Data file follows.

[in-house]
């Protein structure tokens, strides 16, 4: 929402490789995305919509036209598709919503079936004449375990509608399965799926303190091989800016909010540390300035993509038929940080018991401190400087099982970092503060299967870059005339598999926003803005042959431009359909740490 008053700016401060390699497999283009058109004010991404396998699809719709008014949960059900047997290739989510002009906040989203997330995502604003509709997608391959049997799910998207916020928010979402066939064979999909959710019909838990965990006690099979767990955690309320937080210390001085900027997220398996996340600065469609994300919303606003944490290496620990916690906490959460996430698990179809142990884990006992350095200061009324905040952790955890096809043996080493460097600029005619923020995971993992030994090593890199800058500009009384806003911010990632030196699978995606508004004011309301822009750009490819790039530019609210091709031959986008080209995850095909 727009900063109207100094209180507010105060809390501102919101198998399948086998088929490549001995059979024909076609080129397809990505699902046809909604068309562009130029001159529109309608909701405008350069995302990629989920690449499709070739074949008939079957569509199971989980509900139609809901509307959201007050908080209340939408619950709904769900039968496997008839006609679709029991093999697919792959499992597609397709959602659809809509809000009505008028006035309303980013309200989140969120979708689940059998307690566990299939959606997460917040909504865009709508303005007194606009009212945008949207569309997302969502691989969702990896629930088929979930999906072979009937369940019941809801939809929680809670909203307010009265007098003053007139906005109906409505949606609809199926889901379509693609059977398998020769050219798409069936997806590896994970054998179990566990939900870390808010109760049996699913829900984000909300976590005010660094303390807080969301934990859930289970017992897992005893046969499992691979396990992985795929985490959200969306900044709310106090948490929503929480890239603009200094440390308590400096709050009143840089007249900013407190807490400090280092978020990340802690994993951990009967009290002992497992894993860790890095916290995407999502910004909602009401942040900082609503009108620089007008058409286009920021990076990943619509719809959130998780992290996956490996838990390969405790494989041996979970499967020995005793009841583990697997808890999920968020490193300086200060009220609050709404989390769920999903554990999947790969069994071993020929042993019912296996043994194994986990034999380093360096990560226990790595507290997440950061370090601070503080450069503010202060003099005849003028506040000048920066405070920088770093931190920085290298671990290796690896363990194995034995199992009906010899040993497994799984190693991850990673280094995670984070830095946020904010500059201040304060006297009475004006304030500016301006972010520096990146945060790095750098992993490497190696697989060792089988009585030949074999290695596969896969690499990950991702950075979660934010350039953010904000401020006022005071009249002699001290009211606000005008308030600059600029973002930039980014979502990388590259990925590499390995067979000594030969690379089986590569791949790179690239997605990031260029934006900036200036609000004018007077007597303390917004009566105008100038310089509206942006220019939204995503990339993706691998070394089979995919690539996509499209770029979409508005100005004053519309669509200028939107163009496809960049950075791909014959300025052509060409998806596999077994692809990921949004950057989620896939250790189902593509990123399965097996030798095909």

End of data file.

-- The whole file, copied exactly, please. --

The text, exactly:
[in-house]
């Protein structure tokens, strides 16, 4: 929402490789995305919509036209598709919503079936004449375990509608399965799926303190091989800016909010540390300035993509038929940080018991401190400087099982970092503060299967870059005339598999926003803005042959431009359909740490 008053700016401060390699497999283009058109004010991404396998699809719709008014949960059900047997290739989510002009906040989203997330995502604003509709997608391959049997799910998207916020928010979402066939064979999909959710019909838990965990006690099979767990955690309320937080210390001085900027997220398996996340600065469609994300919303606003944490290496620990916690906490959460996430698990179809142990884990006992350095200061009324905040952790955890096809043996080493460097600029005619923020995971993992030994090593890199800058500009009384806003911010990632030196699978995606508004004011309301822009750009490819790039530019609210091709031959986008080209995850095909 727009900063109207100094209180507010105060809390501102919101198998399948086998088929490549001995059979024909076609080129397809990505699902046809909604068309562009130029001159529109309608909701405008350069995302990629989920690449499709070739074949008939079957569509199971989980509900139609809901509307959201007050908080209340939408619950709904769900039968496997008839006609679709029991093999697919792959499992597609397709959602659809809509809000009505008028006035309303980013309200989140969120979708689940059998307690566990299939959606997460917040909504865009709508303005007194606009009212945008949207569309997302969502691989969702990896629930088929979930999906072979009937369940019941809801939809929680809670909203307010009265007098003053007139906005109906409505949606609809199926889901379509693609059977398998020769050219798409069936997806590896994970054998179990566990939900870390808010109760049996699913829900984000909300976590005010660094303390807080969301934990859930289970017992897992005893046969499992691979396990992985795929985490959200969306900044709310106090948490929503929480890239603009200094440390308590400096709050009143840089007249900013407190807490400090280092978020990340802690994993951990009967009290002992497992894993860790890095916290995407999502910004909602009401942040900082609503009108620089007008058409286009920021990076990943619509719809959130998780992290996956490996838990390969405790494989041996979970499967020995005793009841583990697997808890999920968020490193300086200060009220609050709404989390769920999903554990999947790969069994071993020929042993019912296996043994194994986990034999380093360096990560226990790595507290997440950061370090601070503080450069503010202060003099005849003028506040000048920066405070920088770093931190920085290298671990290796690896363990194995034995199992009906010899040993497994799984190693991850990673280094995670984070830095946020904010500059201040304060006297009475004006304030500016301006972010520096990146945060790095750098992993490497190696697989060792089988009585030949074999290695596969896969690499990950991702950075979660934010350039953010904000401020006022005071009249002699001290009211606000005008308030600059600029973002930039980014979502990388590259990925590499390995067979000594030969690379089986590569791949790179690239997605990031260029934006900036200036609000004018007077007597303390917004009566105008100038310089509206942006220019939204995503990339993706691998070394089979995919690539996509499209770029979409508005100005004053519309669509200028939107163009496809960049950075791909014959300025052509060409998806596999077994692809990921949004950057989620896939250790189902593509990123399965097996030798095909």